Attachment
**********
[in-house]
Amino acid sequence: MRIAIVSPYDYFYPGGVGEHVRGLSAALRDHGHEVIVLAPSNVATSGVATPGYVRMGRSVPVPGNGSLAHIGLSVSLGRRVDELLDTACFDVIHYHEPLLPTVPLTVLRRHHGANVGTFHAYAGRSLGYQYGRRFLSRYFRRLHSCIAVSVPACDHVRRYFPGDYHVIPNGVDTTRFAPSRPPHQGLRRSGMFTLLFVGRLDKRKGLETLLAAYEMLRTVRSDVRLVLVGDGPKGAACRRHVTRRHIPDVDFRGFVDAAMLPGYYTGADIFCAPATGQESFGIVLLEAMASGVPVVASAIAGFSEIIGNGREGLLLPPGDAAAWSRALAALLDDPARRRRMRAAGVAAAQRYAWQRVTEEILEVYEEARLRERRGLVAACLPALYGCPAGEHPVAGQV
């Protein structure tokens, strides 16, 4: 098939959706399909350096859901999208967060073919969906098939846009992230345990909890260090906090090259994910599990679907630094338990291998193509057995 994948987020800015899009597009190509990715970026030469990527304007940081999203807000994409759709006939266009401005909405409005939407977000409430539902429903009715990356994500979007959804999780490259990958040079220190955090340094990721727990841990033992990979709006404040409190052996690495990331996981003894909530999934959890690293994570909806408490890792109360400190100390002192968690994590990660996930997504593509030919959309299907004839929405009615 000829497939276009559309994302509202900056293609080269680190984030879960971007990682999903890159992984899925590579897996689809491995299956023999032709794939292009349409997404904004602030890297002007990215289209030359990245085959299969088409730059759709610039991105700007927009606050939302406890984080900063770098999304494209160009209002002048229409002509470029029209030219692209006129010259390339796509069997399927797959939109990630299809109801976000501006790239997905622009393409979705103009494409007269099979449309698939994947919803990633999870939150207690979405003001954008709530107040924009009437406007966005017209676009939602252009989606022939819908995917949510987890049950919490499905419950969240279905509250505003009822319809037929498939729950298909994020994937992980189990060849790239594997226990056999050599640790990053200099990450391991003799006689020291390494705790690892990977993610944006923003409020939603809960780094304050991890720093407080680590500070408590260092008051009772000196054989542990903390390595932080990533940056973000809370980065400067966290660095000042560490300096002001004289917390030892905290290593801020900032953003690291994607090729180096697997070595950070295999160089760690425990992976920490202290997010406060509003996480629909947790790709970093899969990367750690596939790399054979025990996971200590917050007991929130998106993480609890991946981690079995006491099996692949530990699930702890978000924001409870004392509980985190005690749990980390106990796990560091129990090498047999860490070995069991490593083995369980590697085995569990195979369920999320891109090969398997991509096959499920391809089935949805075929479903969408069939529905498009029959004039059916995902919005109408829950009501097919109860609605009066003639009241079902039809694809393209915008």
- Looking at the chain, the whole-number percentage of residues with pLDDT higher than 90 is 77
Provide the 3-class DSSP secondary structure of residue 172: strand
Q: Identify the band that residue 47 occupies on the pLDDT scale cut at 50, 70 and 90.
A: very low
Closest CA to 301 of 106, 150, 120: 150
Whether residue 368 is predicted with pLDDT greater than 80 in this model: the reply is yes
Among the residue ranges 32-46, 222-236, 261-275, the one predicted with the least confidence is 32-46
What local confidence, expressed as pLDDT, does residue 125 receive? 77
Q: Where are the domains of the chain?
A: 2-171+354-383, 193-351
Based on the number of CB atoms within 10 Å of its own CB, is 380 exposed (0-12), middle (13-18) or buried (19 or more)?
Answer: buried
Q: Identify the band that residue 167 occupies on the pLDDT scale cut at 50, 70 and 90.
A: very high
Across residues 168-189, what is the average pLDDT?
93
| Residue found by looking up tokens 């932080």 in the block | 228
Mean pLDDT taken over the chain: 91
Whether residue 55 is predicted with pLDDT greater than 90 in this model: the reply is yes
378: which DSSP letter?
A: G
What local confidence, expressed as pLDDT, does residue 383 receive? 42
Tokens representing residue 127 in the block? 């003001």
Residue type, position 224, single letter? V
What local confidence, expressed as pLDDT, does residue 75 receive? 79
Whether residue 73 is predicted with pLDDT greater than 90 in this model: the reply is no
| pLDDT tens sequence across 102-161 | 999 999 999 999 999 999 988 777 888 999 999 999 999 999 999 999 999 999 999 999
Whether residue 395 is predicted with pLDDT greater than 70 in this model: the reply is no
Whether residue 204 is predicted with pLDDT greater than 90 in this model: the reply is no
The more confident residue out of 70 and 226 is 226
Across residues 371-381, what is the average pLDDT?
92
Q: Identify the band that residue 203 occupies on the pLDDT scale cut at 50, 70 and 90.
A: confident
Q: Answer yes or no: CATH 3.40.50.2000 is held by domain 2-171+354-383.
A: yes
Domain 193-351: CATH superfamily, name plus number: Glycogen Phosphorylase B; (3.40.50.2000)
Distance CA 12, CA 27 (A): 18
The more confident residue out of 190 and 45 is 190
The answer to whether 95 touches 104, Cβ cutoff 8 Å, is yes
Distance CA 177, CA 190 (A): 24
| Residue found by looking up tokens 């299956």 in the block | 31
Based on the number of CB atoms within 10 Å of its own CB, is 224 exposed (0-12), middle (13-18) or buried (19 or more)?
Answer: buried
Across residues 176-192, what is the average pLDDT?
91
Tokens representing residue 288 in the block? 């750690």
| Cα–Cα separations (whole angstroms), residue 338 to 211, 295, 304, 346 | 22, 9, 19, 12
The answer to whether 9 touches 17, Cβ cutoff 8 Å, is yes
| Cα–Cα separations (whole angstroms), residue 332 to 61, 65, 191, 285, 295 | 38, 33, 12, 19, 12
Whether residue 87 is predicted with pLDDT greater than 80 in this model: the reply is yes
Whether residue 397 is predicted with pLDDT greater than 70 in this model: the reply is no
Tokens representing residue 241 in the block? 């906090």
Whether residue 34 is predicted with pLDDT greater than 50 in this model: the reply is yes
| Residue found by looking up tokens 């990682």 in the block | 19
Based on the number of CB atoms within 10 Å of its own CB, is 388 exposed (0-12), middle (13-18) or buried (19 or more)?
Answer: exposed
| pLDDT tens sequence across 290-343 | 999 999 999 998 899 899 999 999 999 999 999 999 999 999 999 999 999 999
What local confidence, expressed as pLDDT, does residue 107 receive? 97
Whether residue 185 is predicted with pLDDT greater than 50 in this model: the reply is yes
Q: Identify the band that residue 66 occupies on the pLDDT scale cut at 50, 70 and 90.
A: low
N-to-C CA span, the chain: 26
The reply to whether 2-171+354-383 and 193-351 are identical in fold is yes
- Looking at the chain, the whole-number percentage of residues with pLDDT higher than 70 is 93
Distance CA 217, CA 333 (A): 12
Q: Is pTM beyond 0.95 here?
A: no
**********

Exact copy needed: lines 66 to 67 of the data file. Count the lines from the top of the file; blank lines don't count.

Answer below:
N-to-C CA span, the chain: 26
The reply to whether 2-171+354-383 and 193-351 are identical in fold is yes